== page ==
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Posted: 4/30/2015 8:59:03 PM EDT
I have some pink salt cure, and I want to make smoked pork chops.

I want them to come out like smoky, bacony, ham chops.  I'm doing a half dozen 2 inch thick chops.

How much pink salt do I use in the brine?
Link Posted: 4/30/2015 8:59:54 PM EDT
Just use the same amount as you would rock salt.

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Link Posted: 4/30/2015 9:00:37 PM EDT
Don't know, but check out Survival Forum, lot's of knowledge there .
Link Posted: 4/30/2015 9:27:15 PM EDT
[Last Edit: 4/30/2015 9:39:05 PM EDT by Squatch]
Originally Posted By Cincinnatus:
I have some pink salt cure, and I want to make smoked pork chops.

I want them to come out like smoky, bacony, ham chops.  I'm doing a half dozen 2 inch thick chops.

How much pink salt do I use in the brine?
View Quote


2.5% of total weight, turning frequently in a sealed bag.

That's 2.5% total salt...which includes table salt and curing salts.

ETA...it's called an "equilibrium cure" and ensures your meat doesn't turn into a salt lick.

Link Posted: 4/30/2015 9:34:05 PM EDT
Link Posted: 4/30/2015 9:41:21 PM EDT
is'nt pink salt KCl, vs reg table salt being NaCl?  Or does pink salt have N's in it?
Link Posted: 4/30/2015 9:45:45 PM EDT
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Originally Posted By Gripy:
is'nt pink salt KCl, vs reg table salt being NaCl?  Or does pink salt have N's in it?
View Quote


He probably has number 1, sodium nitrite
Link Posted: 4/30/2015 9:48:30 PM EDT
As mentioned earlier 2.5% by weight.  Your cure will need sugar and regular salt.  Kosher, not iodized.

Make certain its #1 and not #2
Link Posted: 4/30/2015 10:04:09 PM EDT
So the 2.5 is proportionate to the meat weight, what about the amount of water?
Link Posted: 5/3/2015 8:34:04 PM EDT
Okay.  I just ate the pork chops.  They were tasty, but not exactly what I wanted.  

These were 12, one inch thick chops (5.9 pounds).   The brine was enough liquid to cover the meat in a pot.

The brine:   Brown sugar, kosher salt, juniper berries, bay leaves, and...  1 and a 1/4 teaspoon of Prague Powder  #1.

They soaked for 4 1/2 hours.   Smoked them for one hour.   Then finished on the grill with a maple glaze.


Not pink and bacony/hammy enough.

So what do I do?  More time in the brine?  Pink Salt in the brine?  ?

?
Link Posted: 5/3/2015 8:47:58 PM EDT
I don't think the cure no. 1 effects flavor.  It's mostly salt with a small amount of sodium nitrite in it.  The sodium nitrite is a bug killer, not a flavor enhancer.  its used to keep bacteria from developing in the meat if the meats temperature is held low enough for bugs to grow for a period of time.  Like smoking sausages for developing smoke flavors, but not necessarily cooking it.
Link Posted: 5/3/2015 8:51:21 PM EDT
[Last Edit: 5/3/2015 8:52:05 PM EDT by Cincinnatus]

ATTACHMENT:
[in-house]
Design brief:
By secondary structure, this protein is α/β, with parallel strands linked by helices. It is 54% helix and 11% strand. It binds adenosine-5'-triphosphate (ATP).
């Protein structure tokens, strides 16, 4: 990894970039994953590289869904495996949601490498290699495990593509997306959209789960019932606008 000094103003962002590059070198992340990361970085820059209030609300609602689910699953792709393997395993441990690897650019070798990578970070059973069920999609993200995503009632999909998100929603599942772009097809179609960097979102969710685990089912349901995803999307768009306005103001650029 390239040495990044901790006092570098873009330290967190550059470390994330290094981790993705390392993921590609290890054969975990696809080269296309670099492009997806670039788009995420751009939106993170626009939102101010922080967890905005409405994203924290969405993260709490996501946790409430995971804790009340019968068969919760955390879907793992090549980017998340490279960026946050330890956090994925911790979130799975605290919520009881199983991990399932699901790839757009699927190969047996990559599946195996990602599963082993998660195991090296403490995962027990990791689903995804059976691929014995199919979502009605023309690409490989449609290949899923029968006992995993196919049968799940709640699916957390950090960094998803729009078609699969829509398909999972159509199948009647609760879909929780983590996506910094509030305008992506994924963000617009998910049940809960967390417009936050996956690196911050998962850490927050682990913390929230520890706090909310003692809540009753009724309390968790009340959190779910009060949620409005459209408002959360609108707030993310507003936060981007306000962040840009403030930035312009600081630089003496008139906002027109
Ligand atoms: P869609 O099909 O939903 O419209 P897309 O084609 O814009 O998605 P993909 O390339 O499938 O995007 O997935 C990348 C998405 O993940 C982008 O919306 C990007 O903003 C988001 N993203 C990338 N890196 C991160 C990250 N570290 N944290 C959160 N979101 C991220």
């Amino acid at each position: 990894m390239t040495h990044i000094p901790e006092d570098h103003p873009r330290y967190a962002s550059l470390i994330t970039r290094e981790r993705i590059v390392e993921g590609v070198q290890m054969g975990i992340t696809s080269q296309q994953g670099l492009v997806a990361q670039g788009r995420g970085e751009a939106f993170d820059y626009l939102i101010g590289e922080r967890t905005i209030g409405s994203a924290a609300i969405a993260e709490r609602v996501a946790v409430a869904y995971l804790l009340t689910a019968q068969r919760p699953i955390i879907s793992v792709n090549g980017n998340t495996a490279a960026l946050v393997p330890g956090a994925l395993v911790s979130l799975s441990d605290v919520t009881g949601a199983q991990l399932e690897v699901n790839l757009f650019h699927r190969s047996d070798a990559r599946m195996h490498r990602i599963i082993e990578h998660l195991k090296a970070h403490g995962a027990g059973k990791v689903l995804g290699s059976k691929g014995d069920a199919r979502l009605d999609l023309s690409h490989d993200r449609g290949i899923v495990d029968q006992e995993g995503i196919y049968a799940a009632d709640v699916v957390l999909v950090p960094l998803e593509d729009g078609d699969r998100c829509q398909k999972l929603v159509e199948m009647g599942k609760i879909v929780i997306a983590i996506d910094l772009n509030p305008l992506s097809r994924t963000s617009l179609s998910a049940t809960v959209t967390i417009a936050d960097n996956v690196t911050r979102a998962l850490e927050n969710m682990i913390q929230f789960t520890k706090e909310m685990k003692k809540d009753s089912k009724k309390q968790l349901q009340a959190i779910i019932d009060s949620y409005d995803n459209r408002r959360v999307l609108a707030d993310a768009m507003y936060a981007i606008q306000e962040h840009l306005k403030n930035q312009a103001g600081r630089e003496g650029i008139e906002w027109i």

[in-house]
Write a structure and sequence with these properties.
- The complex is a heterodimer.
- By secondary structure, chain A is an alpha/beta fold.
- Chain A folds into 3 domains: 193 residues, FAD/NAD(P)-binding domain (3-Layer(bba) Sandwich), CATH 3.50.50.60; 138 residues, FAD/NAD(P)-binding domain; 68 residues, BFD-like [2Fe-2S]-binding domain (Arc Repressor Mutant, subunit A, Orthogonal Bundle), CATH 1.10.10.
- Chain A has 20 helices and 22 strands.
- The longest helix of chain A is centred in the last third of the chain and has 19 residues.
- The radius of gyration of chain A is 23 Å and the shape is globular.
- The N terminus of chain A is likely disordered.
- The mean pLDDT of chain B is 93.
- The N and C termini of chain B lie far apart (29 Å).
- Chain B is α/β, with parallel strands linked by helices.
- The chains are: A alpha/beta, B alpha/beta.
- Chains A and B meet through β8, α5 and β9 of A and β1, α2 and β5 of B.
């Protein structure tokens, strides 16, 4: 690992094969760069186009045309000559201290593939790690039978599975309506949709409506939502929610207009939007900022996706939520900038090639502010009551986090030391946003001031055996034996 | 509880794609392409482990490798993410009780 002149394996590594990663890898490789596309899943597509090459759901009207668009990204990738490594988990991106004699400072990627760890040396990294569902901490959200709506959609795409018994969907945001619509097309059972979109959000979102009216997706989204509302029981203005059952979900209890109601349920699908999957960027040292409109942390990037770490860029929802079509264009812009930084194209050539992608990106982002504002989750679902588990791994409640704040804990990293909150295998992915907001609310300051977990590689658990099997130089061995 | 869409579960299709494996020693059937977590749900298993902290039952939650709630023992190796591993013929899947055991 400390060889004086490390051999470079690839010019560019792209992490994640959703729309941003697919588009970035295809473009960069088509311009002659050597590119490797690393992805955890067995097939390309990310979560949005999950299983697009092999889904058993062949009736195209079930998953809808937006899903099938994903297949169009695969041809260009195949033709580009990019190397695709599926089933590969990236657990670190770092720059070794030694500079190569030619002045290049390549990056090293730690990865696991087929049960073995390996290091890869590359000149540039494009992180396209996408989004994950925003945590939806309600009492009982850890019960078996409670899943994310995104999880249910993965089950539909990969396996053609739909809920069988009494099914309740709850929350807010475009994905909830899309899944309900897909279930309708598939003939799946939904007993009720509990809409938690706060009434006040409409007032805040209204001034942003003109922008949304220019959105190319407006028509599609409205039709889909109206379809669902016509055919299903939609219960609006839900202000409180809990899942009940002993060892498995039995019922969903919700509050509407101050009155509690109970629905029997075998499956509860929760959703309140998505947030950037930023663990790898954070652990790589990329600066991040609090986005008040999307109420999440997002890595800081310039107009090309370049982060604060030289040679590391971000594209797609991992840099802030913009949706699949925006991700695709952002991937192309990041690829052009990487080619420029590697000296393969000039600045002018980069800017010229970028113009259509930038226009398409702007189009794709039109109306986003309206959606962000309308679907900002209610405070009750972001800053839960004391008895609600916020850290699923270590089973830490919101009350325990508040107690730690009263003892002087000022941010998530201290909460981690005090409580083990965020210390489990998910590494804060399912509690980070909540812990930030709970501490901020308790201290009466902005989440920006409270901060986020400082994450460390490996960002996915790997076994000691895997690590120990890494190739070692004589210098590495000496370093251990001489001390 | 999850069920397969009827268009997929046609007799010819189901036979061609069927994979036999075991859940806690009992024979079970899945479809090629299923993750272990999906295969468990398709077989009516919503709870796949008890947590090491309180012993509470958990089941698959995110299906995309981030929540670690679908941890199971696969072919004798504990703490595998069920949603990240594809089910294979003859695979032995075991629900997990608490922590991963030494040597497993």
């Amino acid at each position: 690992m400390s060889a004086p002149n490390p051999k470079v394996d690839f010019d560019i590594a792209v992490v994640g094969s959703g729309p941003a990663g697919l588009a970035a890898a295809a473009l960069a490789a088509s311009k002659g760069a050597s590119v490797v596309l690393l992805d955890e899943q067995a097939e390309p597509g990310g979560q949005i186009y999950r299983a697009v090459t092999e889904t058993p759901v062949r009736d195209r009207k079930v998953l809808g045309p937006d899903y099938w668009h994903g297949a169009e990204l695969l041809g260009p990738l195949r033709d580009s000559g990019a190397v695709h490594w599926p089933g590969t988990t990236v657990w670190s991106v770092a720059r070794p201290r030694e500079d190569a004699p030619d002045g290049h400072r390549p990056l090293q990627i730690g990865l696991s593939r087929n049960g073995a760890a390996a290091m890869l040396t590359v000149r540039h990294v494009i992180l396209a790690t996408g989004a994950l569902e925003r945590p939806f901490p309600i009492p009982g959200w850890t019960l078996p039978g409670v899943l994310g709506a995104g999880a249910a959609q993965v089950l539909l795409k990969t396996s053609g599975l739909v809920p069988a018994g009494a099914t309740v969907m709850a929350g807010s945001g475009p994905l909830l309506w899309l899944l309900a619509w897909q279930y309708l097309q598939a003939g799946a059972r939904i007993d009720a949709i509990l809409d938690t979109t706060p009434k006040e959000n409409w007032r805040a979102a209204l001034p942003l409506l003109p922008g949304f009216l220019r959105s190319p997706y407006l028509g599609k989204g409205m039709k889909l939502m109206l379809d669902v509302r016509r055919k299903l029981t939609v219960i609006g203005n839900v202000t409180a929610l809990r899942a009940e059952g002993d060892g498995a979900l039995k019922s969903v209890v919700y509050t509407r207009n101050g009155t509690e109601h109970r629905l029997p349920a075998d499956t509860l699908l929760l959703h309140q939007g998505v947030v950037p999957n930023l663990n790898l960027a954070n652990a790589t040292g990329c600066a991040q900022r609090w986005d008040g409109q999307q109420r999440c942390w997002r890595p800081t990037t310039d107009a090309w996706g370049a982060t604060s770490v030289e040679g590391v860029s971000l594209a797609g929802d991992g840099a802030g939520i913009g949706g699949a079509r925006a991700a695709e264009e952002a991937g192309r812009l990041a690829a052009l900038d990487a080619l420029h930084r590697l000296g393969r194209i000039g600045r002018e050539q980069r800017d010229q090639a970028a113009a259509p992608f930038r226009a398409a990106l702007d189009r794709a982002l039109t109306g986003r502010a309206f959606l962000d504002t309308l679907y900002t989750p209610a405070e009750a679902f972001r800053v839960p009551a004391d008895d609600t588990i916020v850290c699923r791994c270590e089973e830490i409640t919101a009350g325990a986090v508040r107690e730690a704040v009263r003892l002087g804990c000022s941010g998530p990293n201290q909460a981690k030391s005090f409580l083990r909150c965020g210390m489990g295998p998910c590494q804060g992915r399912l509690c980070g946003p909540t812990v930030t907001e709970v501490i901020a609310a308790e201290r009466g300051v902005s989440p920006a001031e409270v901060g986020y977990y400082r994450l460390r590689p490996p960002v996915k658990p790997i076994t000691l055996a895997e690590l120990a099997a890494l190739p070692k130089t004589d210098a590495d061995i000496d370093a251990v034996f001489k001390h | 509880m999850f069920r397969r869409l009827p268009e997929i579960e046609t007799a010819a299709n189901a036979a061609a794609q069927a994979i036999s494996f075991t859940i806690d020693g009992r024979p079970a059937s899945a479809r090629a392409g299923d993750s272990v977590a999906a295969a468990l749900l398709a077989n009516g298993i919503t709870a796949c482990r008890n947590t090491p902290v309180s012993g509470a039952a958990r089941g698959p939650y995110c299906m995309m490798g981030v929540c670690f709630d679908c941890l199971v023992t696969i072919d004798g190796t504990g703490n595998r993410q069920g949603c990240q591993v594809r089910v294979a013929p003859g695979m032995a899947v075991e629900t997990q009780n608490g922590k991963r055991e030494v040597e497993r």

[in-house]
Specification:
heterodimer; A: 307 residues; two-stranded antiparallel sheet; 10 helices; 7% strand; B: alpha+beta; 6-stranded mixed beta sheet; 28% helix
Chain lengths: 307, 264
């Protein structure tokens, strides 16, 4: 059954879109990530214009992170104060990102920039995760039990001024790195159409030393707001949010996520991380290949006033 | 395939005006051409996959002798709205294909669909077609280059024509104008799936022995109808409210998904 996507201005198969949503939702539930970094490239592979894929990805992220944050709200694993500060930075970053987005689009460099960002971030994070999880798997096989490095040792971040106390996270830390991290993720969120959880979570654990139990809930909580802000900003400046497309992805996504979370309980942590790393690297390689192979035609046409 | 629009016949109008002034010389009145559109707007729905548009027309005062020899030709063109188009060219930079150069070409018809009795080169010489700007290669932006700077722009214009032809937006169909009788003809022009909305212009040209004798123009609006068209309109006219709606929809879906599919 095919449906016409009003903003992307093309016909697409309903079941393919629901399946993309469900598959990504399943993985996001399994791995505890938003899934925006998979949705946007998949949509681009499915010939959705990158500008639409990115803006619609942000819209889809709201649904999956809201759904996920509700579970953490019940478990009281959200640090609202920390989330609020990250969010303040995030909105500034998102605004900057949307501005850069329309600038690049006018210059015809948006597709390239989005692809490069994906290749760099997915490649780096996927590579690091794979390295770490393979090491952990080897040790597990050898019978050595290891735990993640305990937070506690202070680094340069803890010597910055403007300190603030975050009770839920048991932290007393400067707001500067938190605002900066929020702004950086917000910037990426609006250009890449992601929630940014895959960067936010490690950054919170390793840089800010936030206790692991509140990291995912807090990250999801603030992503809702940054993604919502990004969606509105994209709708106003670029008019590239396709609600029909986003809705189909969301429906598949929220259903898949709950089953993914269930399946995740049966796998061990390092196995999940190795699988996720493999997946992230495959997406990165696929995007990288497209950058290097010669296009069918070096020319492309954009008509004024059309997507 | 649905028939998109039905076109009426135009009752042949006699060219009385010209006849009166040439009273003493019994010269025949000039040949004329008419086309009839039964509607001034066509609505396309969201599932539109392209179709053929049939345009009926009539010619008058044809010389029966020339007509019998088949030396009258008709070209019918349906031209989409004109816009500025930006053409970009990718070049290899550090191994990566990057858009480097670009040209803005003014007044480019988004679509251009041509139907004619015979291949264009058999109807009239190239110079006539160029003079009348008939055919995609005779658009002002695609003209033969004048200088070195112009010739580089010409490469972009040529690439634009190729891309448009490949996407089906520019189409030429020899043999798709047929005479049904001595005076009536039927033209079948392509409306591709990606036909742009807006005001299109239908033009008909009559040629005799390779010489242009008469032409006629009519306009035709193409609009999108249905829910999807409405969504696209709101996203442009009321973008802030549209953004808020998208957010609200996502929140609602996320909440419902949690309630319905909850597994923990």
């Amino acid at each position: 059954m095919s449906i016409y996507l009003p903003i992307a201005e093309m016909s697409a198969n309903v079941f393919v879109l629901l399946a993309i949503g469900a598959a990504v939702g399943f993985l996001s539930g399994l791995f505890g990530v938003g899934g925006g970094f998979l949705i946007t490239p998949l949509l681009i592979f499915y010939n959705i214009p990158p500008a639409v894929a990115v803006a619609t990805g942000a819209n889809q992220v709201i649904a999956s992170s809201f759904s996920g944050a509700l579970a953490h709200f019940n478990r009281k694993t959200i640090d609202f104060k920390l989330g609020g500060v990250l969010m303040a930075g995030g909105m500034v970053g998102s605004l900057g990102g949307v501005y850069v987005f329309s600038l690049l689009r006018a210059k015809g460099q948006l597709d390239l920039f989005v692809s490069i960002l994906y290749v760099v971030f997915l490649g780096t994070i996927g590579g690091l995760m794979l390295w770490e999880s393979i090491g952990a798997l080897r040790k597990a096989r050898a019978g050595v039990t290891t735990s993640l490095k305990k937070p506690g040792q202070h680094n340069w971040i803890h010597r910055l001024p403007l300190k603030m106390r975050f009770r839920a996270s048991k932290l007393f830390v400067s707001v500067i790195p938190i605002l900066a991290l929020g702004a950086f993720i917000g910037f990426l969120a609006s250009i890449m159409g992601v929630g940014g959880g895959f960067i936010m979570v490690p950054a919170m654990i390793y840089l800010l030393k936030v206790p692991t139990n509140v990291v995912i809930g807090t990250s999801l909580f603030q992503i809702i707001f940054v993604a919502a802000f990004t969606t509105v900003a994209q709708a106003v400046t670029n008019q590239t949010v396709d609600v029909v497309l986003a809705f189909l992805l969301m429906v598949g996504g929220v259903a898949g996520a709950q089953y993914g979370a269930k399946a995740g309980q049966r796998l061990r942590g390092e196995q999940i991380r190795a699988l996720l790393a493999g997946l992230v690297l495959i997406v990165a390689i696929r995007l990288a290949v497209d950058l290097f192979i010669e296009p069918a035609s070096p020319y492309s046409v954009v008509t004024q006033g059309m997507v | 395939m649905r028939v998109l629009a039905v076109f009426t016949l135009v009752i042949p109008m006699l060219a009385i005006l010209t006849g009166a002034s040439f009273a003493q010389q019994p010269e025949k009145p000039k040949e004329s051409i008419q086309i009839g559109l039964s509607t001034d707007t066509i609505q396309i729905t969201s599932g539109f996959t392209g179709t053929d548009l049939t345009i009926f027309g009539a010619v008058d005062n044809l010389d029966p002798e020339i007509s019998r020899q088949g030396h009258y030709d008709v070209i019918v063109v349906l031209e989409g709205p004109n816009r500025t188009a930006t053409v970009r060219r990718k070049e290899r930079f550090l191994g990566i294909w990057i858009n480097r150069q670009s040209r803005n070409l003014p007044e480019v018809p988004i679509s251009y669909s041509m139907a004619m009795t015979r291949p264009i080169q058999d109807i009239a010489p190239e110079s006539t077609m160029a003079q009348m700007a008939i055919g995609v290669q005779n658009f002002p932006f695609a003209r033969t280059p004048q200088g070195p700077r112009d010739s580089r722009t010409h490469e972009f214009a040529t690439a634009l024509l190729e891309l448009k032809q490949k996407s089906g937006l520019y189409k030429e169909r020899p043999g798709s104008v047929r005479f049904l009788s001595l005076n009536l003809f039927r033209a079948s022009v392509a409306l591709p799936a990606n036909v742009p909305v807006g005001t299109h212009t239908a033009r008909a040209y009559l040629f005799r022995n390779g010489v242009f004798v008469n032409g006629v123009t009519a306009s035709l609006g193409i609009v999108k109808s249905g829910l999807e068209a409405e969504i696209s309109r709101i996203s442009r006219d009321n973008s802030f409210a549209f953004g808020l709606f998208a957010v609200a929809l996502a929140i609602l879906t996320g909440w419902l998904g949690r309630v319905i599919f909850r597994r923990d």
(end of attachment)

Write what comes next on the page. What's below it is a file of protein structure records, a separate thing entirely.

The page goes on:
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Originally Posted By johnh57:
I don't think the cure no. 1 effects flavor.  It's mostly salt with a small amount of sodium nitrite in it.  The sodium nitrite is a bug killer, not a flavor enhancer.  its used to keep bacteria from developing in the meat if the meats temperature is held low enough for bugs to grow for a period of time.  Like smoking sausages for developing smoke flavors, but not necessarily cooking it.
View Quote


I want the meat to be more like ham and less like pork chop; pink with a ham like texture.

My hickory smoke and maple combo will handle the flavor side.  
Link Posted: 5/3/2015 8:57:23 PM EDT
I would think you would need to brine a minimum of 24 hours. Might need more with thick chops.
Link Posted: 5/3/2015 9:01:26 PM EDT
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Originally Posted By mo98:
I would think you would need to brine a minimum of 24 hours. Might need more with thick chops.
View Quote


The pink, smoked pork chop is indeed an elusive creature.  

I've searched the internet and arrived at my recipes and times from seeing what "most" people say.  But they're wrong.

Next weekend, I'm going to have to experiment.

Link Posted: 5/3/2015 9:04:25 PM EDT
I've never done a ham, but the recipe for dry cured virginia ham calls for 1-1/2 days per lb.  So maybe more time in the brine is correct.

dry cure Virginia Ham
Link Posted: 5/3/2015 9:06:41 PM EDT
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Originally Posted By johnh57:
I've never done a ham, but the recipe for dry cured virginia ham calls for 1-1/2 days per lb.  So maybe more time in the brine is correct.

dry cure Virginia Ham
View Quote



Ham I get.  It's the pork chop thing I'm struggling with.
Link Posted: 5/4/2015 6:37:15 AM EDT
bump...
Link Posted: 5/4/2015 6:45:28 AM EDT
Discussion ForumsJump to Quoted PostQuote History
Originally Posted By Cincinnatus:
Okay.  I just ate the pork chops.  They were tasty, but not exactly what I wanted.  

These were 12, one inch thick chops (5.9 pounds).   The brine was enough liquid to cover the meat in a pot.

The brine:   Brown sugar, kosher salt, juniper berries, bay leaves, and...  1 and a 1/4 teaspoon of Prague Powder  #1.

They soaked for 4 1/2 hours.   Smoked them for one hour.   Then finished on the grill with a maple glaze.


Not pink and bacony/hammy enough.

So what do I do?  More time in the brine?  Pink Salt in the brine?  ?

?
View Quote



We brine bacon for a week. If you want it to penetrate its going to take some time. 4.5 hours wont be enough if you want it cured like back bacon.
Link Posted: 5/4/2015 6:47:07 AM EDT
[Last Edit: 5/4/2015 6:47:35 AM EDT by delemorte]
these are the droids you are looking for.


This recipe says 72 hours in the brine. never used this recipe it just seems like its what you are looking for.

http://www.foodiewithfamily.com/homemade-maple-canadian-bacon-smoker-optional/
Link Posted: 5/4/2015 6:50:23 AM EDT
[Last Edit: 5/4/2015 7:55:32 AM EDT by delemorte]
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Originally Posted By johnh57:
I don't think the cure no. 1 effects flavor.  It's mostly salt with a small amount of sodium nitrite in it.  The sodium nitrite is a bug killer, not a flavor enhancer.  its used to keep bacteria from developing in the meat if the meats temperature is held low enough for bugs to grow for a period of time.  Like smoking sausages for developing smoke flavors, but not necessarily cooking it.